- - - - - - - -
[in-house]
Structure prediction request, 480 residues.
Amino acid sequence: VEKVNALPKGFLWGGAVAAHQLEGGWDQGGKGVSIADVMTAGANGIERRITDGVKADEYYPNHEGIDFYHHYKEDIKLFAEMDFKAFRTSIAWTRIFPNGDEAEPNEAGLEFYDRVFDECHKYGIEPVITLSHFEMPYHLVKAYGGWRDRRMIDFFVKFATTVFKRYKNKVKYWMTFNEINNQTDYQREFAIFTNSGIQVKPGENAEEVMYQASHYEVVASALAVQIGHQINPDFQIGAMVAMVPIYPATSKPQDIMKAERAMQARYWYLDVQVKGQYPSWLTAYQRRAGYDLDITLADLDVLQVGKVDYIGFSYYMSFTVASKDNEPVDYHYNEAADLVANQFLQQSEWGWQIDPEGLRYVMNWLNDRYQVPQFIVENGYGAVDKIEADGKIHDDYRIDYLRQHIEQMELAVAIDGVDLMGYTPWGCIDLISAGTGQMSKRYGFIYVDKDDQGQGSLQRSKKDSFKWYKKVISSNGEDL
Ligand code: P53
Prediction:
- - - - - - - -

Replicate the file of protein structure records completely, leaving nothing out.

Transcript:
[in-house]
Structure prediction request, 480 residues.
Amino acid sequence: VEKVNALPKGFLWGGAVAAHQLEGGWDQGGKGVSIADVMTAGANGIERRITDGVKADEYYPNHEGIDFYHHYKEDIKLFAEMDFKAFRTSIAWTRIFPNGDEAEPNEAGLEFYDRVFDECHKYGIEPVITLSHFEMPYHLVKAYGGWRDRRMIDFFVKFATTVFKRYKNKVKYWMTFNEINNQTDYQREFAIFTNSGIQVKPGENAEEVMYQASHYEVVASALAVQIGHQINPDFQIGAMVAMVPIYPATSKPQDIMKAERAMQARYWYLDVQVKGQYPSWLTAYQRRAGYDLDITLADLDVLQVGKVDYIGFSYYMSFTVASKDNEPVDYHYNEAADLVANQFLQQSEWGWQIDPEGLRYVMNWLNDRYQVPQFIVENGYGAVDKIEADGKIHDDYRIDYLRQHIEQMELAVAIDGVDLMGYTPWGCIDLISAGTGQMSKRYGFIYVDKDDQGQGSLQRSKKDSFKWYKKVISSNGEDL
Ligand code: P53
Prediction: